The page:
Tag Archives: Jaws: The Revenge

Nightmare on Elm Street 3: Dream Warriors (1987) or livewithfilm goes back to what it knows best…

8 Nov

Yes livewithfilm has returned to its roots: an 80s horror sequel. Could the third coming of Freddy Krueger compare favourably to the recurring wonders of the It’s Alive series or the ever diminishing rubber-toothed returns of Jaws II or IV: The Revenge? Whatever happened, livewithfilm could be safe in the knowledge that Michael Caine thankfully wouldn’t turn up sporting a floppy afro.

Chuck Russell’s sub-par entry into the Elm Street franchise amps up the gore yet unwittingly sheds it horrific origins, resulting in an imaginative yet ridiculous film. Relying heavily on earlier instalments for narrative clarity, Nightmare on Elm Street 3: Dream Warriors wavers between clunky exposition and unexplained madness as a host of new teens come to a sticky end thanks to dream-bound Freddy Kreuger. No explanation is given as children in a psychiatric hospital begin to fall prey to the knife gloved maniac, Dream Warriors happily expecting audiences to be clued up to the Nightmare formula. That is until Heather Langenkamp arrives, reprising her role as the original Nightmare’sNancy and shoehorning explanation in at every opportunity. Now a dream specialist, Nancy works with the children to battle Kreuger and manipulate their dreams.

Following Wes Craven’s supreme original, the Nightmare series relies upon its lucid concept to churn out ingenious murder sequences. Thankfully omitting a return to the shower set death-by-towel-whipping witnessed in Nightmare on Elm Street 2: Freddy’s Revenge, Dream Warriors pushes new boundaries to slaughter its young cast. Yet while relentlessly inventive and disgusting (death by puppet veins?!), the kills disappointingly provoke few scares. Nevertheless, Russell’s intriguing attempts to maintain Craven’s original theme of American youngsters paying for the crimes of their forebears suggests deeper thinking at play. Similar to the ramifications of Vietnam alluded to in the first Nightmare, Dream Warriors now blames the youngsters’ dreams on the drug taking decadence of their parents. At points entertaining, Dream Warriors struggles to maintain the original excitement of Nightmare. Memorable for brief glimpses of imagination, the film remains a scare-free and decidedly non-nightmarish return for Kreuger.


Jaws: The Revenge (1987) – or a last dip in the water for livewithfilm

21 Feb

Indulge livewithfilm once more. After working through the franchise, livewithfilm would have been disappointed in itself if it did not round off the series with a write up of this late eighties instalment. Obviously the glaring omission (shark bite?) in this blogging sequence remains Jaws 3D (1983). Whilst livewithfilm was only able to catch the latter hour of the third chapter in this shark series, it remains vivid in the memory for all the wrong reasons; the exceptionally rubber sea beasts, growling sharks and all, were only outdone by a performance from Dennis Quaid so stilted it must have been carved from the rocky sea bed itself. A truly diabolical and inadvertently hilarious film, Jaws 3D infused little optimism in livewithfilm as this blogger took the plunge for Jaws: The Revenge. Nevertheless, the surprising presence of Michael Cane (sporting a perm and thick knitwear no less) reassured this film fan: if anything, the fourth Jaws will be just as memorable as its predecessor.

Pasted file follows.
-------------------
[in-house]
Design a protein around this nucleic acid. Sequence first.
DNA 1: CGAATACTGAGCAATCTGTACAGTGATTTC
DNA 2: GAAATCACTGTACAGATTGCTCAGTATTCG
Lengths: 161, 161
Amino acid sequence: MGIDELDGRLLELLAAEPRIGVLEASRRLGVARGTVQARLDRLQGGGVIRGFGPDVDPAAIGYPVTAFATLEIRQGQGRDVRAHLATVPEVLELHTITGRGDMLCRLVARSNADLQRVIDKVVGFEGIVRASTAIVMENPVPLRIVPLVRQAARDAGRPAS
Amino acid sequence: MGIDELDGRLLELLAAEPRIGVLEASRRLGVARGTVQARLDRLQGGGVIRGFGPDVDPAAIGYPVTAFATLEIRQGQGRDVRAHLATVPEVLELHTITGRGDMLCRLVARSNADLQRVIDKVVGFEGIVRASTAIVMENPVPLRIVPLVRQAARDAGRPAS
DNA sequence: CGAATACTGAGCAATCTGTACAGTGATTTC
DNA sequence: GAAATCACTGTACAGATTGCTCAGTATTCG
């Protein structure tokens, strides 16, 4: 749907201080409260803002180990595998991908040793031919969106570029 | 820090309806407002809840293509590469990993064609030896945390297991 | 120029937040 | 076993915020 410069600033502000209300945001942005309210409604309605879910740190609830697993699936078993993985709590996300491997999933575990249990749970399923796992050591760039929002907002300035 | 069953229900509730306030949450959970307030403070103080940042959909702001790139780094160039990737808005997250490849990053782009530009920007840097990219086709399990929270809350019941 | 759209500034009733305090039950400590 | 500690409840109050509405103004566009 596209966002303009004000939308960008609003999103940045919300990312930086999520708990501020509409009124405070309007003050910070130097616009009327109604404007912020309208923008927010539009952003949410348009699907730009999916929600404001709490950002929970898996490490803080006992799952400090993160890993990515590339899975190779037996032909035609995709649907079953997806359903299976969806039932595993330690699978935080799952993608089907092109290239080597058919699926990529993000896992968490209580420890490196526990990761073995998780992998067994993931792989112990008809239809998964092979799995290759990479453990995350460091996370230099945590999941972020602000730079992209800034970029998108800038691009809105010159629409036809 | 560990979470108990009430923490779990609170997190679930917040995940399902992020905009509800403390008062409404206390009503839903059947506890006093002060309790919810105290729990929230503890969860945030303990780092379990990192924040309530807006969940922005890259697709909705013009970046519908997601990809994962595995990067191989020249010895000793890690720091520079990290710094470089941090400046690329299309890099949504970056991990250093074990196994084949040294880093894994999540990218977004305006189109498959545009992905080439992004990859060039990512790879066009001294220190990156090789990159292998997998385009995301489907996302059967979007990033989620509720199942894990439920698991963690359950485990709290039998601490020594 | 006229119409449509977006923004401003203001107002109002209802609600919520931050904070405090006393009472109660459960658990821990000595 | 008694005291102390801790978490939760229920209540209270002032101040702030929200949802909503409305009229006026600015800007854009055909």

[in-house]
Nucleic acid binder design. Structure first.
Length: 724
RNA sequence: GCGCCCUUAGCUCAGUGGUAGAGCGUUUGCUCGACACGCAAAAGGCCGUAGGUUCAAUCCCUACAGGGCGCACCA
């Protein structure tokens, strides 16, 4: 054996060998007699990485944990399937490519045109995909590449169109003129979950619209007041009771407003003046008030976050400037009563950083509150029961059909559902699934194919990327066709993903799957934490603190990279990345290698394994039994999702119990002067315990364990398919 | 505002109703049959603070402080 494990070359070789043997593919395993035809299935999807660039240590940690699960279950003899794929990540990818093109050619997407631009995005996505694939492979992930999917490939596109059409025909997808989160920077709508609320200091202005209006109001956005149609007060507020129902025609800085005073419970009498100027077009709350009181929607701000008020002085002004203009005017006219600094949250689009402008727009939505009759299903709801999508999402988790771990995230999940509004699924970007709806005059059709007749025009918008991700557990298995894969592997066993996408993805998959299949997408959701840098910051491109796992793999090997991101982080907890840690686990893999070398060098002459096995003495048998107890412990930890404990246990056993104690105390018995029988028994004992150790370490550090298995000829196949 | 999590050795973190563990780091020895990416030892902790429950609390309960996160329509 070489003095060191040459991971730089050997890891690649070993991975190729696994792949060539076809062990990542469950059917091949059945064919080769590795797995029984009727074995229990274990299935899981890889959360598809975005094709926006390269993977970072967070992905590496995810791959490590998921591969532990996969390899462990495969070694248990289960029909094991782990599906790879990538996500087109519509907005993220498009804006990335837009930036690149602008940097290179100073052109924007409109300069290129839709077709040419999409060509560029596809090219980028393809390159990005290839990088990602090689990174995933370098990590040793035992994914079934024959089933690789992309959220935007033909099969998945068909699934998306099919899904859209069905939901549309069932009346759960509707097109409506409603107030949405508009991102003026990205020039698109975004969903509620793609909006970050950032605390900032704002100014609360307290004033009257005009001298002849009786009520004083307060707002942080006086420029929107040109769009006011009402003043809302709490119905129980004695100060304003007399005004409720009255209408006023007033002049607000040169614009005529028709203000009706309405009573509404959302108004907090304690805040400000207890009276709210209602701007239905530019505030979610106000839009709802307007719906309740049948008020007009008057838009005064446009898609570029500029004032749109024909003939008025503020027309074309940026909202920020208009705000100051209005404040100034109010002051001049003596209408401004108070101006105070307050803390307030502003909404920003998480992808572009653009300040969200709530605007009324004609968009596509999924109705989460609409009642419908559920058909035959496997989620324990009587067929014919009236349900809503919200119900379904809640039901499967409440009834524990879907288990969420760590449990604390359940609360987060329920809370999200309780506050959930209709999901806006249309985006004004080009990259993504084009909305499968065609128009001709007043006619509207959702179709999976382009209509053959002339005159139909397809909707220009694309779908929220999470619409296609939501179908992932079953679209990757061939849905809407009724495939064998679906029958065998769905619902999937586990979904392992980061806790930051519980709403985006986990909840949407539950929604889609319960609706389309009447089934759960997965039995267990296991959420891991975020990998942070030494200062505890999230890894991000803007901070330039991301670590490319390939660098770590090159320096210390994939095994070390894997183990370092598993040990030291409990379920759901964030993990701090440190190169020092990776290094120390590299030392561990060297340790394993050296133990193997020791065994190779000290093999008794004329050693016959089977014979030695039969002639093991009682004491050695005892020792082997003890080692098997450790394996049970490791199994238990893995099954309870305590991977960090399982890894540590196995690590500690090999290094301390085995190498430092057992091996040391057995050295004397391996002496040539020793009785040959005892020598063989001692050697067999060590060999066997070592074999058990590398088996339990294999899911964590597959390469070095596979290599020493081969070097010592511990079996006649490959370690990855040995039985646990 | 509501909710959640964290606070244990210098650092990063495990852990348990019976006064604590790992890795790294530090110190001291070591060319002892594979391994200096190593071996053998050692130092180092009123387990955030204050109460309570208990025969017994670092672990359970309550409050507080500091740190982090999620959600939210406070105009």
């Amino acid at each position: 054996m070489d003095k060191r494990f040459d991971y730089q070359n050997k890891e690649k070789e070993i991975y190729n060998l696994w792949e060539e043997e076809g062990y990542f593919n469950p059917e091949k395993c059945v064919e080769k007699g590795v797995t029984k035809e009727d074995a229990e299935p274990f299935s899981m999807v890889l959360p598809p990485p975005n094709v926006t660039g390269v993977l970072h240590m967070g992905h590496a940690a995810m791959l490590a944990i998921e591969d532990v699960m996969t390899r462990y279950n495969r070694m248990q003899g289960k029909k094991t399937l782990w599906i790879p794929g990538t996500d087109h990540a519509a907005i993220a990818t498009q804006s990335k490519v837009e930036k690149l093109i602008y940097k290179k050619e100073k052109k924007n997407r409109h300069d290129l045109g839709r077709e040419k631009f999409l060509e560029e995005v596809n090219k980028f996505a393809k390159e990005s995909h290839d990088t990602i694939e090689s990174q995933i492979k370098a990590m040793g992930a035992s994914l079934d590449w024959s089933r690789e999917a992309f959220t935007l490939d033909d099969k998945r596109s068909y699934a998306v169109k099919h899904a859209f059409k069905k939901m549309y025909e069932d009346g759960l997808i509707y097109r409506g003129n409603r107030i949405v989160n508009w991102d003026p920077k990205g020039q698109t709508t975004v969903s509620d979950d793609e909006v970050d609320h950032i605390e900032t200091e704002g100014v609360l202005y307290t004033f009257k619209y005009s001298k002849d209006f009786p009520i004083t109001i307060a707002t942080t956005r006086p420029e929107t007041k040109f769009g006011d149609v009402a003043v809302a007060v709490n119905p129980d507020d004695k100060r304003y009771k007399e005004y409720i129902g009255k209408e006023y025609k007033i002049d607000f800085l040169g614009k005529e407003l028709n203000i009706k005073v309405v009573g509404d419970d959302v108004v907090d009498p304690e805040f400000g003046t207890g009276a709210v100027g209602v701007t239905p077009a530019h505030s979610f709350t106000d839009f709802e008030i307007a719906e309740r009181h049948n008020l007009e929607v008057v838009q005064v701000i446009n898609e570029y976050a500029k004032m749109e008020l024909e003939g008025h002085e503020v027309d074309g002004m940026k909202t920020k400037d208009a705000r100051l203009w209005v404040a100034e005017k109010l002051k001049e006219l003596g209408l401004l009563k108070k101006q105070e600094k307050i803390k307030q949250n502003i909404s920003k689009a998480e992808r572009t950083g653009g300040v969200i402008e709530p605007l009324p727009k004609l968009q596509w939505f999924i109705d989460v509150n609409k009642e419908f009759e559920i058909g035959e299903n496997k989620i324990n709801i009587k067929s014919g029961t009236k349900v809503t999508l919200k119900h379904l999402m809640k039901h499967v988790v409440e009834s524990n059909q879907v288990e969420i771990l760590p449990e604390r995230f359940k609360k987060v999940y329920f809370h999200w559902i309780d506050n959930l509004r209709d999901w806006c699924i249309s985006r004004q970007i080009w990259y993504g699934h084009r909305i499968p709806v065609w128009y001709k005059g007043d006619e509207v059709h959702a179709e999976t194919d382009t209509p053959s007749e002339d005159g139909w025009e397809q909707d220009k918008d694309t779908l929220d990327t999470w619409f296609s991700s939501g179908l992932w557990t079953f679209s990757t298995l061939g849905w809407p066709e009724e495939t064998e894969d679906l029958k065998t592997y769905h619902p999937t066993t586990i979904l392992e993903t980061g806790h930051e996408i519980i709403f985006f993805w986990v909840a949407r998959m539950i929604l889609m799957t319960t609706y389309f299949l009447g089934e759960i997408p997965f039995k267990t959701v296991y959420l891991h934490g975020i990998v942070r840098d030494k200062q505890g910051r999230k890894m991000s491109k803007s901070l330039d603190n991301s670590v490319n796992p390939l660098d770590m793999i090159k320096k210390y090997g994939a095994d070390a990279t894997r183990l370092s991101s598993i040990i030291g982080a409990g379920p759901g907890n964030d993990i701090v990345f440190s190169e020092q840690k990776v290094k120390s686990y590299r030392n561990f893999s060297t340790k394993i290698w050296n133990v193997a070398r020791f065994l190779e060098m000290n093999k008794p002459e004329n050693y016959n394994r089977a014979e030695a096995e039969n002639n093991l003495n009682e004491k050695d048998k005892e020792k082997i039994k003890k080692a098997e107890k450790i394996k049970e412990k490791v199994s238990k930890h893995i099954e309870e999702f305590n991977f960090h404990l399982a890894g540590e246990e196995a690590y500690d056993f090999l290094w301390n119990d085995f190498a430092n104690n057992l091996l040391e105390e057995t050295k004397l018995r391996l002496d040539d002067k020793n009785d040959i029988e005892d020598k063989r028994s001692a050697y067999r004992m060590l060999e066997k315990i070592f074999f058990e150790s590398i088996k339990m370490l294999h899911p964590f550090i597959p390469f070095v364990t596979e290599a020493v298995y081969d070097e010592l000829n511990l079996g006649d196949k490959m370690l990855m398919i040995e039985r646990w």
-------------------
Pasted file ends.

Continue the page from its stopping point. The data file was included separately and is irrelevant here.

When Ellen Brody’s (Lorraine Gary) son Sean is killed by a great white shark in the seas surrounding Amity, she begins to suspect that the aggressive breed of sea life is out for revenge after her family have offed so many of their kind before. To escape the supposed vendetta, Ellen is taken by her son Michael (Lance Guest) to his home in theBahamas. Meeting on the flight, Ellen and Hoagie (Michael Cane) begin to grow close in the sunny islands. However, whilst working (ominously) as a marine biologist, Michael is attacked by the same shark from Amity. Vowing to keep his mother in the dark, Michael decides to put an end to this shark with a grudge.

The central failure of Jaws: The Revenge, and there are many, is that the film seems to actively renounce it’s roots as a shark shocker. Whilst Spielberg’s original extended the compelling events outside of the water into the waiting maw of the great white, the fourth instalment rests the full weight of the film upon shallow relationships and meaningless waffle. Even the shark attacks remain surprisingly uneventful, the under water point of view shot managing to drag a slither of tension across from earlier instalments. Such frights therefore only remain in light of the earlier films, Jaws: The Revenge bringing nothing new to the blood soaked table: Jaws II held it’s own with the progressive audacity of its shark attacks (on fire, on water skis…) and even Jaws 3D was able to collapse the safety associated with dry land as its shark proved to have a face tougher than protective glass walls. It is a feat that even the ludicrous final sequence in which Ellen Brody decides to defeat her monster and suddenly realises she has no means of doing so, sits fittingly alongside this mess of a film. The less mentioned about the offensiveHollywood racial stereotyping and a pitiable Michael Cane performance the better.